Quote:
Originally Posted by Nick
12 Frobenius
Example: taking the polynomial \(x^2+1\), you get the Gaussian integers modulo n after all!
Obviously it's up to you, but it might be worth including something on the Chinese Remainder Theorem.
It would make it easier to explain your formula for the Euler phi function.
Also, as you have a nice emphasis on the computational side of things in this, you could show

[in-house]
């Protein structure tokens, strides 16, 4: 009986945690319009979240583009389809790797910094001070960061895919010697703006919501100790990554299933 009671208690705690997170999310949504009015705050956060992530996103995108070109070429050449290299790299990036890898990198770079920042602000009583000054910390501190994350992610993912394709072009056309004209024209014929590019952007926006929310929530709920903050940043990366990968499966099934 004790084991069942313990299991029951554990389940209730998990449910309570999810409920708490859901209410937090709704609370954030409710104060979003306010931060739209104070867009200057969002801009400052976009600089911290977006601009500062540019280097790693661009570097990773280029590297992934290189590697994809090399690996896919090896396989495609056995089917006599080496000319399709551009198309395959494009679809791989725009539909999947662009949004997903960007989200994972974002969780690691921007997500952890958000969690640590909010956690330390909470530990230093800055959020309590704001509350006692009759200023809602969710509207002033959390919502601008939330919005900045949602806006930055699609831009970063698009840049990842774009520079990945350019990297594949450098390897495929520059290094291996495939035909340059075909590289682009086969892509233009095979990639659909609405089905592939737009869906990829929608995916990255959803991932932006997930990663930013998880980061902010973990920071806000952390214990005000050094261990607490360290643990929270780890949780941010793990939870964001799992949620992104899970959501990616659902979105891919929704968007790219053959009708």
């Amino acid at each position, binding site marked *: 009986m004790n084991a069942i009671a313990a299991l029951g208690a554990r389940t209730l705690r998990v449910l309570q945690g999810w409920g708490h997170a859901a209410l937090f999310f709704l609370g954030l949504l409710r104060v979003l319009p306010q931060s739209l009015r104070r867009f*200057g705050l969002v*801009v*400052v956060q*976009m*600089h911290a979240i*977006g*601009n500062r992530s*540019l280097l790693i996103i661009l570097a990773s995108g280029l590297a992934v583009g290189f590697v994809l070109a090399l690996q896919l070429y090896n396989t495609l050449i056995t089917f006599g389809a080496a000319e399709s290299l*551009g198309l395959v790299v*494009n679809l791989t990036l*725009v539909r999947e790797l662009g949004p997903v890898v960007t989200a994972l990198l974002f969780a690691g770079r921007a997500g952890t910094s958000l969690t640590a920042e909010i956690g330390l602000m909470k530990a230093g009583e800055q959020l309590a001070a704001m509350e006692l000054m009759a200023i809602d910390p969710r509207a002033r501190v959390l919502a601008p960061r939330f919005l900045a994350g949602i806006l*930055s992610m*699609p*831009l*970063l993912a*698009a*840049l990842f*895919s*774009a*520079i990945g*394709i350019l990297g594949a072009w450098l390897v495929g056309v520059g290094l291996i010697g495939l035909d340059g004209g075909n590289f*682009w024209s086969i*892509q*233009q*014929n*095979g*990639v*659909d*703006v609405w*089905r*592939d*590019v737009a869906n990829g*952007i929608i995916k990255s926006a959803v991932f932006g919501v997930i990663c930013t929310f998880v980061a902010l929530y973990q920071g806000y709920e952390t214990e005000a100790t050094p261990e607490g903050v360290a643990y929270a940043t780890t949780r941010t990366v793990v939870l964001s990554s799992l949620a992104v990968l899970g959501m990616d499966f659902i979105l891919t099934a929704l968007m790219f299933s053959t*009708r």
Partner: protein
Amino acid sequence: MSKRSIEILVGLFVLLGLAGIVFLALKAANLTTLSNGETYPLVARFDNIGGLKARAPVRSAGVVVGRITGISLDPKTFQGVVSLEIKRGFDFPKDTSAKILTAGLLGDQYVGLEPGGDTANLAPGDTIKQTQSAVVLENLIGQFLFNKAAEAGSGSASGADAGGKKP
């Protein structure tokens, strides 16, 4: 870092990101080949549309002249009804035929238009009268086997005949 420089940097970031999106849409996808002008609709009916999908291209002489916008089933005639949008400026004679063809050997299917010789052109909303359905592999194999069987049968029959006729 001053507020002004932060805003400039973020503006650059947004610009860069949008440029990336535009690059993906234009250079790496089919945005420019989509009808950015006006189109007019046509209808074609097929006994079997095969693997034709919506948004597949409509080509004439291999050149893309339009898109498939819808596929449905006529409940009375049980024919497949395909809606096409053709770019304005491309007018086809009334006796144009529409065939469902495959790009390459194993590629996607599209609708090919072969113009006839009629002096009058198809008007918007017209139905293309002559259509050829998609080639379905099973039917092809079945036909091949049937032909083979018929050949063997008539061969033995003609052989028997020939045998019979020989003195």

how it is used in practice to speed up RSA decryption, for example.
Just a thought, anyway.

There is now a section on Gaussian primes, but not mod n.
CRT: I find that quite difficult.
RSA: I have written that s or t may be chosen to be small for quick encoding or quick decoding respectively.
Thanks again for your input.
18th Oct, 2020 version uploaded